By Frank Keim
We’re camped on the Hulahula River,
and after dinner
on a balmy night
five of us marched like caribou
along a narrow animal trail
to a tall pingo
sculpted long ago from ancient ice melt,
and there we sat
on its blunt rim,
peering into a black clearwater pond
The mirror of the little lake
shimmered in the slanting rays
of the Arctic sun,
and we wondered
about the Inupiat hunters
who had once sat here, too,
over so many hundreds of years,
watching and waiting for the caribou,
patiently hoping to see them
in their slow ambling and feeding
up or down the Hulahula Valley.
As they waited,
these Inupiat men bantered
and chipped flakes from a stone core
for their stone-tipped arrows and spears.
We sit here now,
holding one of those stone cores,
trying to imagine how it was for them
who lived lives so much harder than our own.
While they worked they surely heard,
as we do,
of Upland sandpipers
in tundra still brown from the long winter snows,
or the haunting winnows of the snipe overhead
as he undulates up and down
in the pellucid blue Arctic sky.
Maybe their children
picked the mountain avens
and tossed their white petals
into the wind,
watching them land
and float like little boats on the black water
toward the other shore.
Their shamans just as surely listened to the Ravens
to predict the movements of the caribou,
to know if luck was with them,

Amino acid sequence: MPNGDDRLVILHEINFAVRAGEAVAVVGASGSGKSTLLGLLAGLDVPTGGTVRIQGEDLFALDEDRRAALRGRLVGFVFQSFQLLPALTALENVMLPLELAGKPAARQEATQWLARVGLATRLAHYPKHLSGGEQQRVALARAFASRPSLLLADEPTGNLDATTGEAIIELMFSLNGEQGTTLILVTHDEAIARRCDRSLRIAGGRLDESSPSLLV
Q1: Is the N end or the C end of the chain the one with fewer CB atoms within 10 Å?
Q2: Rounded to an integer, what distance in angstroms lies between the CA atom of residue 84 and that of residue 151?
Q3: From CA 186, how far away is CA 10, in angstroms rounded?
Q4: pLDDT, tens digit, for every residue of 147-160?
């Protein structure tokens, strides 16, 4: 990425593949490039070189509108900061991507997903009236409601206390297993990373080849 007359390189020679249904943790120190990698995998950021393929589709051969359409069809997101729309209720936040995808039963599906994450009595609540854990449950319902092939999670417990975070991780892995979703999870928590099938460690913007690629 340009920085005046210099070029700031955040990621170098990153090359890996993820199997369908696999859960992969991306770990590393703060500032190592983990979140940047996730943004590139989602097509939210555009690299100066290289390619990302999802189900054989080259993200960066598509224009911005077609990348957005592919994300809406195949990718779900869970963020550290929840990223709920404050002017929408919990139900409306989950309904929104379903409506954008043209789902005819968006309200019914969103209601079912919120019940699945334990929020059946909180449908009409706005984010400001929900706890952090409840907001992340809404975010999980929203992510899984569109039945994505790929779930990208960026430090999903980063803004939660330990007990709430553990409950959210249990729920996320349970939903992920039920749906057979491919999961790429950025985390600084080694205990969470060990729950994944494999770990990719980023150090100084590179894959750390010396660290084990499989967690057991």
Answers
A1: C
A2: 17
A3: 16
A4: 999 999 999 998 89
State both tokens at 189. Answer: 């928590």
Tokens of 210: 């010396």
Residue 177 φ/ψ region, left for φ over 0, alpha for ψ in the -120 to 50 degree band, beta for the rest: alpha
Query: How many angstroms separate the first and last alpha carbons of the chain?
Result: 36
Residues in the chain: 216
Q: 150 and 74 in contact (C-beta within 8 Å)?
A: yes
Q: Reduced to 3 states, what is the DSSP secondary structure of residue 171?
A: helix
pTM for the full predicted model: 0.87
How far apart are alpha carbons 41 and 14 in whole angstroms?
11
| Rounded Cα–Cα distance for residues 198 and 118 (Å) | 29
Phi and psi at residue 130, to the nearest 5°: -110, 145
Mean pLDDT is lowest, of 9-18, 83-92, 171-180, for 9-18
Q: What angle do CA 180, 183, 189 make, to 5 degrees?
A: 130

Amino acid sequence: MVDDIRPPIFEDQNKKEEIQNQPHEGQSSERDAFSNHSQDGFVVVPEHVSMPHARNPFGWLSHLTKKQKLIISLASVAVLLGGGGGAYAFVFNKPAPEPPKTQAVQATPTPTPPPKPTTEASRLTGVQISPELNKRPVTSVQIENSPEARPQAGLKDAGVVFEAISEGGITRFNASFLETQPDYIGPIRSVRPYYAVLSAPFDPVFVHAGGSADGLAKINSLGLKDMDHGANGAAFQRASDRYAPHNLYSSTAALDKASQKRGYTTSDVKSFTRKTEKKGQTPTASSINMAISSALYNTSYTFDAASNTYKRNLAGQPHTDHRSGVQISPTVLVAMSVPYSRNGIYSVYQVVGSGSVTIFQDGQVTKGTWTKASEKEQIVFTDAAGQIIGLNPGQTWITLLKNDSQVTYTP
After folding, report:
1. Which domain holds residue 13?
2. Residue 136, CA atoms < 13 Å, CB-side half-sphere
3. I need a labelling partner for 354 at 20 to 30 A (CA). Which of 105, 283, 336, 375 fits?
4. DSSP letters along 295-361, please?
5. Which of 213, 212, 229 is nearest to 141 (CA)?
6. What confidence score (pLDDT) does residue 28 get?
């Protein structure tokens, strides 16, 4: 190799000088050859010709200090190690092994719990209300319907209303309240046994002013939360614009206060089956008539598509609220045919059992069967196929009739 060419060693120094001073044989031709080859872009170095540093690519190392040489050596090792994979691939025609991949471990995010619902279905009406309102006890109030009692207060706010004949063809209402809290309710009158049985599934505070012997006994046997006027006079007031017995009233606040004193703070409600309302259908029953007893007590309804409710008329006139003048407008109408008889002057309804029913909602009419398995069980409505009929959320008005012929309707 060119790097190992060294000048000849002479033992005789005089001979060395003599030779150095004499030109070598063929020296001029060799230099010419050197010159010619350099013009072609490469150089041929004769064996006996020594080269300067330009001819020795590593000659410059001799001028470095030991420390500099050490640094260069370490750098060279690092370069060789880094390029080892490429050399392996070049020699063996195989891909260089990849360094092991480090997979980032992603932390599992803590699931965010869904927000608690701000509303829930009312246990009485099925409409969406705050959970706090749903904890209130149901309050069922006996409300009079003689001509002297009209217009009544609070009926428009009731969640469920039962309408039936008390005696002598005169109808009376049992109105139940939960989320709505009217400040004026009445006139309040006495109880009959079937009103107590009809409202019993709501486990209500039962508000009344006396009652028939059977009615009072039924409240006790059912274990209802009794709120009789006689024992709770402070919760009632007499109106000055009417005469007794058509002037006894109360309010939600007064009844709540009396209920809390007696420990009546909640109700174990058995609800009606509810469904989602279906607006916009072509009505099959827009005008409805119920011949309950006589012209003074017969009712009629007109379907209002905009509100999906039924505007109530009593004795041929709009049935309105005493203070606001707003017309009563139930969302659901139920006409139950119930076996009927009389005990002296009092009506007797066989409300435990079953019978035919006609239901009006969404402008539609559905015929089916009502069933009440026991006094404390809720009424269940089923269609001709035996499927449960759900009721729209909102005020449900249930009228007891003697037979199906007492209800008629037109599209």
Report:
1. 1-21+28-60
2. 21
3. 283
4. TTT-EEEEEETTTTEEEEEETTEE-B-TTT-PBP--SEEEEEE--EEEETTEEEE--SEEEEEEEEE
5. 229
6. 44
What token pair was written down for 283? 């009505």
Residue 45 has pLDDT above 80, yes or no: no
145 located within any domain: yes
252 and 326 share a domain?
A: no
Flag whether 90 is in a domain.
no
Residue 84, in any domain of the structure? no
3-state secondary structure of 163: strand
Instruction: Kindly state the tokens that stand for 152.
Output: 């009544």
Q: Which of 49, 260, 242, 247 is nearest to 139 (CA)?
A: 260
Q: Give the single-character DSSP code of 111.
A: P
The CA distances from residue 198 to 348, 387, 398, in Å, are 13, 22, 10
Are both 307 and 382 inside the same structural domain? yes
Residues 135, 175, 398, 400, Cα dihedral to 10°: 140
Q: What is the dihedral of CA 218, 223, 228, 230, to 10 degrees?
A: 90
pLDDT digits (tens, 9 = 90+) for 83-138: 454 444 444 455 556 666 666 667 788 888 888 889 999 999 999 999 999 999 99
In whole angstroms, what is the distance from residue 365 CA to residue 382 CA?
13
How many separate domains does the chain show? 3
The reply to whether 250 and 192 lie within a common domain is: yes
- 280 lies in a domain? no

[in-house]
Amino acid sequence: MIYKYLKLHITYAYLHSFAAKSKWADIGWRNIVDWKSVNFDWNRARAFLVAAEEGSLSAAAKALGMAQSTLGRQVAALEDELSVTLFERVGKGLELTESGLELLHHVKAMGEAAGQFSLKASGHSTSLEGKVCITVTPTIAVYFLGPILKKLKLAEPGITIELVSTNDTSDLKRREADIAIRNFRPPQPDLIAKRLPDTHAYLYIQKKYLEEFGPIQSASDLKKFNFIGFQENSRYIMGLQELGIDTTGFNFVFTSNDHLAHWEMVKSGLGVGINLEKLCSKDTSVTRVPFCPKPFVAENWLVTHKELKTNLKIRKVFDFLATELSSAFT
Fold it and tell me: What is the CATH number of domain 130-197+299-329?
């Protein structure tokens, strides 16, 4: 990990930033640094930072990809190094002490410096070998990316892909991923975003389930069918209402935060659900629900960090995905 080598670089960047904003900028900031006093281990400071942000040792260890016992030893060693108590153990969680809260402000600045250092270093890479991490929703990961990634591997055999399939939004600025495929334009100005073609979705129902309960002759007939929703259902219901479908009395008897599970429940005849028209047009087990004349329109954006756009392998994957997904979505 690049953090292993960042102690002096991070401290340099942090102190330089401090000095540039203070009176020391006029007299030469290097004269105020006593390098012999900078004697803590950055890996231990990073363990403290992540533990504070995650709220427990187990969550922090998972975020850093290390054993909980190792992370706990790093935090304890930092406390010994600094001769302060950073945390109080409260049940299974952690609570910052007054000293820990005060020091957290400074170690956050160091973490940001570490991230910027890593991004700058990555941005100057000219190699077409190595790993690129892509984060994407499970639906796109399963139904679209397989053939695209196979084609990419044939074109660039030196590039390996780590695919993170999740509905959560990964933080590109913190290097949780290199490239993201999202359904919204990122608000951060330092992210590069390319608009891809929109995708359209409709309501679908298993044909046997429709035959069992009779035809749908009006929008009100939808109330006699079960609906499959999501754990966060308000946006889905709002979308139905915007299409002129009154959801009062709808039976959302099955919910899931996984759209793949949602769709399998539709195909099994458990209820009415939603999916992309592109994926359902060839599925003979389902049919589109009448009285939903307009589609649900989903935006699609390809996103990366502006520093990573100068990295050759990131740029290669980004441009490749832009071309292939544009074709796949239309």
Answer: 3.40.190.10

or whether the people had to pick up stakes
and walk to the coast
to hunt for seals there.
Because for them meat was survival.
as they waited,
they probably ate the ancestors
of the parky squirrels now living on the rim
of this cratered pingo.
They also must have watched the Mew gulls
cruising above the river,
studying them for signs
the Arctic char
salivating at the thought of fresh fish
and full stomachs.
And much more
in our own wild imaginings
out here on this pingo crater
on the Hulahula River,
as we muse about the past,
near and far,
and speak about how it might be
in the future.
Arctic National Wildlife Refuge
Frank is an educator, nature writer and environmental activist. He worked for two years as a Peace Corps Volunteer in Bolivia, as an anthropologist in Ecuador for four years, and as a secondary school teacher of Yup’ik Eskimos in Alaska’s Lower Yukon Delta for 21 years. He has published three poetry books, Voices on the Wind (2011), Today I Caught Your Spirit (2014), and Trails Taken…so many still to take… (2018). In 2012 he published White Water Blue, Paddling and Trekking Alaska’s Wild Rivers and in 2020 he published Down Alaska's Wild Rivers. He lives north of Fairbanks, Alaska.
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